By Marie Jackson
BBC News, London
A lot of cleaners have two full-time jobs, says Nestor
Nestor Barona left school for a job in the corridors of power four years ago.
But it was not to become an MP on a basic salary of £57,485, nor to work as
a researcher on well under half that.
Instead, he was employed by a contractor on £4.25 an hour to clean the Houses of Parliament.
Starting an 11-hour shift at 6am, Nestor would scrub and polish the chambers in the House of Lords and Commons, as well as committee rooms, offices and toilets before heading off to the West End to start his second cleaning job at 6pm.
"Many of the cleaners come from Africa and South America and many have families here as well as families whom they are supporting back home," said Nestor, 23, himself a Colombian who came to England 11 years ago.
"They have to take on two full-time jobs, so many work as kitchen porters or cleaners in the West End as well."
'A living wage'
He is one of the 140 who joined Wednesday's strike to call for a pay rise from £5.20-per-hour to £6.70, as well as sick pay, a pension, and an extension to their 12 days of annual leave.
"We are just asking for a living wage," he told BBC News website.
The pay and conditions have forced colleagues to take on extra work to bring in enough money - some are working as many as 80 hours a week, which takes its toll on their health and family life, he added.
One of his colleagues has been in hospital with breast cancer for more than a month, with no sick pay while another has been cleaning the Houses for 25 years and knows full well there will be no pension come retirement, he said.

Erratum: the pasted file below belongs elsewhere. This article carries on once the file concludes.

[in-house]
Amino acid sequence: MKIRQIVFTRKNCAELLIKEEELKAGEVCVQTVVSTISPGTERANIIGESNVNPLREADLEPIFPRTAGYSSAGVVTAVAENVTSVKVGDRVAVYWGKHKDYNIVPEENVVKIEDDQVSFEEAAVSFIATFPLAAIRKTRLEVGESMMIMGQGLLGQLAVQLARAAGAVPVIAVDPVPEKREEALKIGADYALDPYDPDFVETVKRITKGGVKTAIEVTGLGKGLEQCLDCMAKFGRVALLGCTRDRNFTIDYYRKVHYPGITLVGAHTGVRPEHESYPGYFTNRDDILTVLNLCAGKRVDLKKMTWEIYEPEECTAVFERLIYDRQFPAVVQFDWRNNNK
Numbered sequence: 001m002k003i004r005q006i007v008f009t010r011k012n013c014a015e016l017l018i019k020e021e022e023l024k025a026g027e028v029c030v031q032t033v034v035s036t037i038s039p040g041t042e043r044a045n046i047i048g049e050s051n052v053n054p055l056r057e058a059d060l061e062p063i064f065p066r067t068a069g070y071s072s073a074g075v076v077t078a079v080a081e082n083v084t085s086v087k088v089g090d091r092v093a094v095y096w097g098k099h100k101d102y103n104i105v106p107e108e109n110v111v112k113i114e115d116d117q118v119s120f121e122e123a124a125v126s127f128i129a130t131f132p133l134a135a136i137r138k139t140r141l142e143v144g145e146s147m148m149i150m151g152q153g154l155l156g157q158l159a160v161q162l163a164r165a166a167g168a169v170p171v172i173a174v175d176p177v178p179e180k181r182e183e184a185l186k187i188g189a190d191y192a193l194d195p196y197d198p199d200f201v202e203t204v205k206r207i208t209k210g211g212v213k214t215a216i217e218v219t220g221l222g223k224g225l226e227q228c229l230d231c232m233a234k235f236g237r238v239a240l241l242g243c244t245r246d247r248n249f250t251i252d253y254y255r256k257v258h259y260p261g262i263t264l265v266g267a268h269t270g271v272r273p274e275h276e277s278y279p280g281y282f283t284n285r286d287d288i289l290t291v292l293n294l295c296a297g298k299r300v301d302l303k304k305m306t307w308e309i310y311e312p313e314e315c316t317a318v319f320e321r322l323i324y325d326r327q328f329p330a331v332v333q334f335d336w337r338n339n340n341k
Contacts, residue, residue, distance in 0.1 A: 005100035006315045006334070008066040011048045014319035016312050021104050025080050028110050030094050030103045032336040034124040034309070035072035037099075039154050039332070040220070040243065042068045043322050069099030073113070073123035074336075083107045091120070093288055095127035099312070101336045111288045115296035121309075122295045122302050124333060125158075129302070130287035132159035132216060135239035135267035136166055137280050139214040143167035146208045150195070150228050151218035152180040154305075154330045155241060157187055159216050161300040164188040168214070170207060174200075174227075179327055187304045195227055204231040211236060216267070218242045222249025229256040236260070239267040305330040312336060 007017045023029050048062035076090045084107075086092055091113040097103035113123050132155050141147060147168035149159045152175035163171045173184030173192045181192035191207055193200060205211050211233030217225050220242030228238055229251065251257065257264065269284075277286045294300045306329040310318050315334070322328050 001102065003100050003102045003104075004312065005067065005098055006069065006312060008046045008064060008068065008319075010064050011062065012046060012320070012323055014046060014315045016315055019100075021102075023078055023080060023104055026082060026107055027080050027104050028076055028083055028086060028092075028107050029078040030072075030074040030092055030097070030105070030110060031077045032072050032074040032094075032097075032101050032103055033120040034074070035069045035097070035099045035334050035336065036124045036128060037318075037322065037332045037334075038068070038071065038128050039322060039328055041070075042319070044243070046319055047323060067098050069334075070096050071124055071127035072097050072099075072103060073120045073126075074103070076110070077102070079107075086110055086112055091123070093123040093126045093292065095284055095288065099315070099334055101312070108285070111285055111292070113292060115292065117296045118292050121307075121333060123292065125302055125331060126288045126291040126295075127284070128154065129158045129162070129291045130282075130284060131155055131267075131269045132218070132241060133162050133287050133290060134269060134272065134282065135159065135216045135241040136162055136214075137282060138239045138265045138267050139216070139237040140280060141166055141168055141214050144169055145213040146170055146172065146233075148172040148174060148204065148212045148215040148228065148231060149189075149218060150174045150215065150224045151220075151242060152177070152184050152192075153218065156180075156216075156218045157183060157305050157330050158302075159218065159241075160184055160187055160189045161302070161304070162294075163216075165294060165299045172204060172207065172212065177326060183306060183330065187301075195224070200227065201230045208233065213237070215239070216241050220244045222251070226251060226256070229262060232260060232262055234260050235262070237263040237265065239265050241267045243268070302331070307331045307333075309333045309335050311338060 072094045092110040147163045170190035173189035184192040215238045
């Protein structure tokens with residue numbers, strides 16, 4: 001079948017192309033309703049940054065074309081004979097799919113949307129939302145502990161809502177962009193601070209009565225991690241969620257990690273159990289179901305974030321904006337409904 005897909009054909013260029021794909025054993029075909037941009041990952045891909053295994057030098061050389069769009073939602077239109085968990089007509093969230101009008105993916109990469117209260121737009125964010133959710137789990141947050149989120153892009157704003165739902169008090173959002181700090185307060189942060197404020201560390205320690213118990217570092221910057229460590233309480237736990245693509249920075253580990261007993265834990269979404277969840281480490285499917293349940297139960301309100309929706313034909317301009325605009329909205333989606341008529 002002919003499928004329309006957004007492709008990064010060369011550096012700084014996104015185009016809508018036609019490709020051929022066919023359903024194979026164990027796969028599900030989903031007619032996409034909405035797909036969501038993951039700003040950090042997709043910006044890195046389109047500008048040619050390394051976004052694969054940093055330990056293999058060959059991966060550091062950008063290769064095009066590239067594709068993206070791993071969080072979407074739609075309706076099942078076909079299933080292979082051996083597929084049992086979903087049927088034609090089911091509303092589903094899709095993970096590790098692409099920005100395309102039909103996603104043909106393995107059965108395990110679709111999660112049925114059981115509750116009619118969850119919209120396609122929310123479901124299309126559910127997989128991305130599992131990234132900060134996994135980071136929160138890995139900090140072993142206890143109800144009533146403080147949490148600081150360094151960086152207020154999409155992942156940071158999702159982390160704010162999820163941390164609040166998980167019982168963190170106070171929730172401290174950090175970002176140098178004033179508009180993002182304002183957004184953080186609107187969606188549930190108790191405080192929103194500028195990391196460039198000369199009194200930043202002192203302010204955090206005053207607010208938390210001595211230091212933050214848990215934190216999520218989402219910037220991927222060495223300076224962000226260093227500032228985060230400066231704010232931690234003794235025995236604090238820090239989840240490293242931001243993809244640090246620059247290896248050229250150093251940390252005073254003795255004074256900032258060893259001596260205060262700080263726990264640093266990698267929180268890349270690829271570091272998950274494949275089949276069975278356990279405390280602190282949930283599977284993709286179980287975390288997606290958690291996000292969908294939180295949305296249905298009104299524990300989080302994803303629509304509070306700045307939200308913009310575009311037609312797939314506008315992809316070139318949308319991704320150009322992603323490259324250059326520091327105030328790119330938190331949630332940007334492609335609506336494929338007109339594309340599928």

The irony, according to Nestor, is that within the chambers there are those who make life-changing decisions all the time, but on this matter no-one seems to be able to resolve it.
As the strikers wielded banners calling for an end to poverty pay for the second time this year, Labour MP Kate Hoey said: "This could be ended immediately by the prime minister's office saying that this is not acceptable.
"Most MPs thought that this would be sorted out in the summer but it hasn't and I think we will now see more direct support from politicians."
But the House of Parliament Commission said the dispute is between the contractor and its employees.
An offer was made to increase the pay to £6-an-hour but it would involve 30 job losses and a reduction in cleaning standards, said the Transport and General Workers' Union. According to the commission, the offer is still on the table.
For Nestor, now 23, married and promoted to cleaning supervisor, the offer is nowhere near good enough.
"We are not doing it just for us - there are 20,000 cleaners around London.
"We would strike a third time if necessary, and will consider taking all sorts of action."